Codicology

Alternative Titles
Lorscher Evangeliar
Codex Aureus of Lorsch
Size / Format
473 pages / 37.0 × 27.0 cm
Origin
Germany
Date
ca. 810
Language
Script
Uncial
Illustrations
6 full-page miniatures. Entirely written with gold ink, each page shows colorful frames which are unsurpassed in form and style
Content
The Four Gospels written entirely in gold ink
Previous Owners
Otto Henry, Elector Palatine (1502–59)
Prince-Elector Maximilian I of Bavaria (1573–1651)
Christoph Bartholomäus Anton Migazzi, Prince-Archbishop of Vienna (1714–1803)
Bishop Ignác Batthyány (1741–98)

Available facsimile editions:
Lorsch Gospels – Pal.lat.50
Faksimile Verlag – Lucerne, 2000
Limited Edition: 333 copies (Ivory Binding Edition)

Lorscher Evangeliar (Library Binding Edition)
Faksimile Verlag – Lucerne, 2000
Limited Edition: 60 copies (Library Binding Edition)

Lorscher Evangeliar
Prestel Verlag – Munich, 1967
Limited Edition: 900 copies
Detail Picture

Lorsch Gospels

Incipit Page: Gospel of John

The sheer amount of gold leaf dedicated to this masterful incipit page is indicative of how important the opening words of the Gospel of John are to Christian theology. This elegant sentence combines the idea of Jesus’ divinity with the Ancient Greek philosophical tradition of the Logos (word), representing cosmic reason. In principio erat verbum et verbum erat apud Deum et Deus erat verbum “In the beginning was the Word, and the Word was with God, and the Word was God.” (Jn. 1:1)

Lorscher Evangeliar (Ivory Binding Edition)
Single Page

The Lorsch Gospels

Christ in Majesty

Also known as the Maiestas Domini, this is one of the most popular images in Western Christian art, which depicts Christ enthroned as ruler of the world. This specimen is dominated by expensive gold leaf and purple dye, indicating that this had to be a commission of the Emperor Charlemagne from his Court School, which is known for its ornate and ostentatious style.

The blend of Byzantine and Insular elements is clear: the figure of Christ is Byzantine with classical robes, flattened, standardized features, and piercing eyes while the intricate patterns framing the image are clearly Hiberno-Saxon. Within the band of the mandorla circling Christ, Insular-style Evangelist symbols appear next to small portraits reminiscent of Late Antique imagery.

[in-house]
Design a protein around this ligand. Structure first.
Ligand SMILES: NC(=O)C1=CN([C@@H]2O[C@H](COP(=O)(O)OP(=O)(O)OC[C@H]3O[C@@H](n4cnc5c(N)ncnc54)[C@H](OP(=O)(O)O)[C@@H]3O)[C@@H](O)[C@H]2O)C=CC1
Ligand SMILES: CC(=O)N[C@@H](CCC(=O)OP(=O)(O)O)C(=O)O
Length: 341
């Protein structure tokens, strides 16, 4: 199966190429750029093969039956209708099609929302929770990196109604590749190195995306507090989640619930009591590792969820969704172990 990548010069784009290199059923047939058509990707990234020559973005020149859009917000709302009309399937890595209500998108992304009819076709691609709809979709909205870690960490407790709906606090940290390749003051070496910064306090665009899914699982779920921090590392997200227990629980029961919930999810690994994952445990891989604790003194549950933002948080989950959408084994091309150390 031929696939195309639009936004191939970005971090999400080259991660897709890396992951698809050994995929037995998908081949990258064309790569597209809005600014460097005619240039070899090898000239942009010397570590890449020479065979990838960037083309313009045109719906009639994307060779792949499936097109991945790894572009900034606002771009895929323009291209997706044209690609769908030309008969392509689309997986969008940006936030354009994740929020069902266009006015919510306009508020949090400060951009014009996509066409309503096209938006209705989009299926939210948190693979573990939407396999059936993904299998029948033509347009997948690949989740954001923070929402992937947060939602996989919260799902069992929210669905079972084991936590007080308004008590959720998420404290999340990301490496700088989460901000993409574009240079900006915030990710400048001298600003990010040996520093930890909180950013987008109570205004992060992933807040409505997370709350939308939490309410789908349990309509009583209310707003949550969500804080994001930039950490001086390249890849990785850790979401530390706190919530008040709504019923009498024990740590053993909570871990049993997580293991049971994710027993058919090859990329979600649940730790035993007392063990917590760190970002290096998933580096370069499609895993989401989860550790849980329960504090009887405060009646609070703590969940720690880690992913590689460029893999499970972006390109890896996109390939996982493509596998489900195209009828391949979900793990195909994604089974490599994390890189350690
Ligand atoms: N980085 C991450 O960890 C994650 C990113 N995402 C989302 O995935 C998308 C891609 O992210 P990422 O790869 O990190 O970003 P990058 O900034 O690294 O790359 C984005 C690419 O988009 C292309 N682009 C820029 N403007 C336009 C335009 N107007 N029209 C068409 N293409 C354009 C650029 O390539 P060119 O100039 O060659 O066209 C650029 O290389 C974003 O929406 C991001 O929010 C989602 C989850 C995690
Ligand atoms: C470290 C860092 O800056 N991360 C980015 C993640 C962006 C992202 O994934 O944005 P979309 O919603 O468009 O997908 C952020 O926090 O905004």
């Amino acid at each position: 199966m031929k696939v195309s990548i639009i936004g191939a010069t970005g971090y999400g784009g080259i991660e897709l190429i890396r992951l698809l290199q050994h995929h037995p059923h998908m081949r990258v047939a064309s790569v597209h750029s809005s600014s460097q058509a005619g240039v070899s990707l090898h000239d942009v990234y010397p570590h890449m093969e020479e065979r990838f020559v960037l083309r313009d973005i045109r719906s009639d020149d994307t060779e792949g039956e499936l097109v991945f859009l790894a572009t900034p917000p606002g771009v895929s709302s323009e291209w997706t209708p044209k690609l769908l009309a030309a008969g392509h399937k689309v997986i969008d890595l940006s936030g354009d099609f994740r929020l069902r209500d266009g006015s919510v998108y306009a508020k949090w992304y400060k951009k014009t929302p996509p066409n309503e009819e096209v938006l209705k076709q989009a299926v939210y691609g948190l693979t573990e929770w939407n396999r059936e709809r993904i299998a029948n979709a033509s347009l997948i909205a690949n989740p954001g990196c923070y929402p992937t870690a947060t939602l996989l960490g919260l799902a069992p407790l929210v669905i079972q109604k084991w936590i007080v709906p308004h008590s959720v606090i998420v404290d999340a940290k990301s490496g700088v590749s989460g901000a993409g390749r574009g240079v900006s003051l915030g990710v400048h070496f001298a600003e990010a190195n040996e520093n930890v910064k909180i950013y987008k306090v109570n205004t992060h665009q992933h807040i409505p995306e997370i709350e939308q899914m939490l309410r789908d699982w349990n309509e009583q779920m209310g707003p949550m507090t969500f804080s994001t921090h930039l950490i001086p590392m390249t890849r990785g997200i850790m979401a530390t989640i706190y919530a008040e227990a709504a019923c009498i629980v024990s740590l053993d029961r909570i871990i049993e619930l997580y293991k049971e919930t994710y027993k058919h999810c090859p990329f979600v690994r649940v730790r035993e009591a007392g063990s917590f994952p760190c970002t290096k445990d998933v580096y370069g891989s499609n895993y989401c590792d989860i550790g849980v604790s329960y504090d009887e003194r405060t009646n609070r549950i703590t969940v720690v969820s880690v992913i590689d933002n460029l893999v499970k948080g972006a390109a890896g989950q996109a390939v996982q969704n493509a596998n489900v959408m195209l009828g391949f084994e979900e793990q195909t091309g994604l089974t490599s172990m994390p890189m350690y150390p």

Lorscher Evangeliar (Ivory Binding Edition)
Facsimile Editions

#1 Lorscher Evangeliar (Ivory Binding Edition)

Faksimile Verlag – Lucerne, 2000
Lorsch Gospels – Pal.lat.50
Lorsch Gospels – Pal.lat.50 Copyright Photos: Ziereis Facsimiles

Publisher: Faksimile Verlag – Lucerne, 2000
Limited Edition: 333 copies (Ivory Binding Edition)
Binding: Complete with reproductions of the ivory covers, in full accordance with the original, and for the first time in 500 years combined in one book, as it was originally intended.
Commentary: 1 volume by Hermann Schefers
Language: German
1 volume: Exact reproduction of the original document (extent, color and size) Reproduction of the entire original document as detailed as possible (scope, format, colors). The binding may not correspond to the original or current document binding.
Price Category: €€€€ (7.000€ - 10.000€)
Edition available
Price: Login here!

#2 Lorscher Evangeliar (Library Binding Edition)

Faksimile Verlag – Lucerne, 2000

Publisher: Faksimile Verlag – Lucerne, 2000
Limited Edition: 60 copies (Library Binding Edition)
Binding: Brown leather
Commentary: 1 volume by Hermann Schefers
Language: German
1 volume: Exact reproduction of the original document (extent, color and size) Reproduction of the entire original document as detailed as possible (scope, format, colors). The binding may not correspond to the original or current document binding.

#3 Lorscher Evangeliar

Prestel Verlag – Munich, 1967
Lorscher Evangeliar
Lorscher Evangeliar Copyright Photos: Ziereis Facsimiles

Publisher: Prestel Verlag – Munich, 1967
Limited Edition: 900 copies
Binding: Linen binding with vellum spine
Commentary: 1 volume by Wolfgang Braunfels
Language: German
1 volume: 478 plates, some of them colored Reproduction of the entire original document as detailed as possible (scope, format, colors). The binding may not correspond to the original or current document binding.